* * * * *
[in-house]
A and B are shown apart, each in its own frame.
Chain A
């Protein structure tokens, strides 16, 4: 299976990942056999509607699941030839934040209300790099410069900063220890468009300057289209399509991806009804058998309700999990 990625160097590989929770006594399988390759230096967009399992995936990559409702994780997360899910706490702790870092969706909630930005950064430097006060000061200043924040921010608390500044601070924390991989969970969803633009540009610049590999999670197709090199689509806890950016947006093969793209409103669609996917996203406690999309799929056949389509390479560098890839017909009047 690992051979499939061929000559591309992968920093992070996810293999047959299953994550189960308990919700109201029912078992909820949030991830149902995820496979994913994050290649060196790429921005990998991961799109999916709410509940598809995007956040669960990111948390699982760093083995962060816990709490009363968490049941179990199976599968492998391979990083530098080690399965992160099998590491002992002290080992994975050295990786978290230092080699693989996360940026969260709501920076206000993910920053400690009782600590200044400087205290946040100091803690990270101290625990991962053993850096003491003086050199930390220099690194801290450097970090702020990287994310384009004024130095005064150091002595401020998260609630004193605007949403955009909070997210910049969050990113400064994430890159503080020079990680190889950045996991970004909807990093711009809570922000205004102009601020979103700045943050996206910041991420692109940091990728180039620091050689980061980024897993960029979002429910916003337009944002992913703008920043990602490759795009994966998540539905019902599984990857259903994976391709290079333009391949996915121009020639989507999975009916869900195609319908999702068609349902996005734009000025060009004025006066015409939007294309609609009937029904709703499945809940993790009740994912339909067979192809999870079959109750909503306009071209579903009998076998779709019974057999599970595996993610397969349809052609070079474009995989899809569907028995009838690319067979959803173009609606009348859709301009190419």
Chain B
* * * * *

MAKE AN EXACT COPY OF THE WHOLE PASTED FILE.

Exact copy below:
[in-house]
A and B are shown apart, each in its own frame.
Chain A
């Protein structure tokens, strides 16, 4: 299976990942056999509607699941030839934040209300790099410069900063220890468009300057289209399509991806009804058998309700999990 990625160097590989929770006594399988390759230096967009399992995936990559409702994780997360899910706490702790870092969706909630930005950064430097006060000061200043924040921010608390500044601070924390991989969970969803633009540009610049590999999670197709090199689509806890950016947006093969793209409103669609996917996203406690999309799929056949389509390479560098890839017909009047 690992051979499939061929000559591309992968920093992070996810293999047959299953994550189960308990919700109201029912078992909820949030991830149902995820496979994913994050290649060196790429921005990998991961799109999916709410509940598809995007956040669960990111948390699982760093083995962060816990709490009363968490049941179990199976599968492998391979990083530098080690399965992160099998590491002992002290080992994975050295990786978290230092080699693989996360940026969260709501920076206000993910920053400690009782600590200044400087205290946040100091803690990270101290625990991962053993850096003491003086050199930390220099690194801290450097970090702020990287994310384009004024130095005064150091002595401020998260609630004193605007949403955009909070997210910049969050990113400064994430890159503080020079990680190889950045996991970004909807990093711009809570922000205004102009601020979103700045943050996206910041991420692109940091990728180039620091050689980061980024897993960029979002429910916003337009944002992913703008920043990602490759795009994966998540539905019902599984990857259903994976391709290079333009391949996915121009020639989507999975009916869900195609319908999702068609349902996005734009000025060009004025006066015409939007294309609609009937029904709703499945809940993790009740994912339909067979192809999870079959109750909503306009071209579903009998076998779709019974057999599970595996993610397969349809052609070079474009995989899809569907028995009838690319067979959803173009609606009348859709301009190419």
Chain B